Fonograph – objective audio comparison
A new diagnostic software tool for the music industry
Have you ever thought a pressing sounded muddy? Loss of high end? Loss of low end? And wondered whether the problem was with the master, the cut, the galvanics or the pressing? Fonograph is a new software tool, developed by Stamper Discs in 2020, that can help diagnose these issues. No more subjective arguments about what the cutting engineer, the pressing plant, or the artist is hearing – just an objective comparison of the differences between two recordings.
What is Fonograph?
It’s a cloud-based app which plots the frequency/amplitude distribution of two recordings of a piece of music, and then shows a visual comparison. Whilst many existing pieces of software can compare two songs in real time (and this is very useful for digital masters) they don’t work so well if one of the things you are trying to compare is a vinyl record. With recordings taken from records, there is a certain amount of variability between two recordings, and if two recordings aren’t perfectly lined up to the millisecond and are out of sync then the results can’t be relied upon. What Fonograph does is analyse the frequency range of entire songs at a time, meaning that one or two seconds of silence at the end of the recording, or even the odd click, won’t skew the results. It uses the Fast Fourier Transform (FFT) algorithm to compute the amplitude of each frequency (at 1Hz intervals, from 1 Hertz to 20k Hertz). This gives the ability to focus in on particular frequency ranges. You’re only interested in 6khz to 8khz? No problem! Just look at that range. You’ll be able to see exactly how things line up.
What can Fonograph help with?
We initially developed Fonograph as a means of testing the effect of process variables in galvanics on the sound of the finished record. We needed a way of seeing precisely the differences between a recording from a lacquer, and the recording from a test pressing, as a result of changes such as:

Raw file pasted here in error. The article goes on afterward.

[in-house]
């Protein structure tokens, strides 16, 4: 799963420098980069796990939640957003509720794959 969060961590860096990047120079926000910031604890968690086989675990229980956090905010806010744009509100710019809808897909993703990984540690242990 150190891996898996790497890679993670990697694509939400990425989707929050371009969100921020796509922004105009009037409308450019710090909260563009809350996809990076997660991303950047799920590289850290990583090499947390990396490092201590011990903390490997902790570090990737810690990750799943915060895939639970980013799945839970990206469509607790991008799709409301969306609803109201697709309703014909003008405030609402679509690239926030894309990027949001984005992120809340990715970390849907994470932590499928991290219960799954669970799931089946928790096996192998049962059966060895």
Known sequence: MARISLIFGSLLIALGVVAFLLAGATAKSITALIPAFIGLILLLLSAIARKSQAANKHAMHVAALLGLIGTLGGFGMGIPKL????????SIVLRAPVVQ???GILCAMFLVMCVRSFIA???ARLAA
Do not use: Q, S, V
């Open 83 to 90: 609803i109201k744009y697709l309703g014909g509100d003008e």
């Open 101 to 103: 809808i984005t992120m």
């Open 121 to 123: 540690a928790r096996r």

- the fineness of the grit used for backsanding;
- or the pressure applied to the sanding pads;
- or if we altered the pre-plate dwell time or the current ramp
- Is there any difference if a lacquer is plated immediately after cutting compared to if it is kept in a fridge for two weeks?
… and so on.
- pressing plants to test different vinyl compounds, or the set-up of one press compared to another.
- engineers to compare the difference between one lathe and another, or how the audio on the lacquer compares to a digital master.
- anyone interested in vinyl sound to see the effect of different styluses, cartridges or amps.
- buyers and artists and pressing plants to compare the test pressing to the lacquer, or a test pressing to a production run pressing. If there has been any audio degradation, Fonograph can tell you at what stage it happened.
Fonograph in action: Lacquer versus Direct Metal Mastering (DMM) comparison
Here’s an example of Fonograph in action. This is a comparison of the same digital master track, cut onto a lacquer, and also cut onto a DMM. The DMM engineer will tell you that his cuts are the best reproduction of the master; the engineer with the lacquer cutting lathe will swear by the sound from a lacquer… The charts below show an objective comparison. But first, listen to a 60 second excerpt from each cut
Can you hear any differences? If you think you can, which is the DMM and which is the lacquer? (the answer is at the end). Let’s look at what Fonograph tells us. The software has a default analysis range of 0 – 20 kHz. The human ear tops out at around 20 kHz, and this is also the technical limit of the frequency range of a record. But most cutting engineers restrict the upper limit to 15 or 16 kHz. This particular recording (and most pop/rock/indie recordings to be honest) doesn’t really have a lot going on above about 5 kHz. A classical recording, or for example, a track with instruments like bells and chimes, will have a lot more information than this all the way up the spectrum. But with this particular track, lets narrow down the range to 0 Hz to 7 kHz. The blue ‘baseline’ plot represents the lacquer, and is overlaid with the orange ‘comparison’ plot, which is the DMM.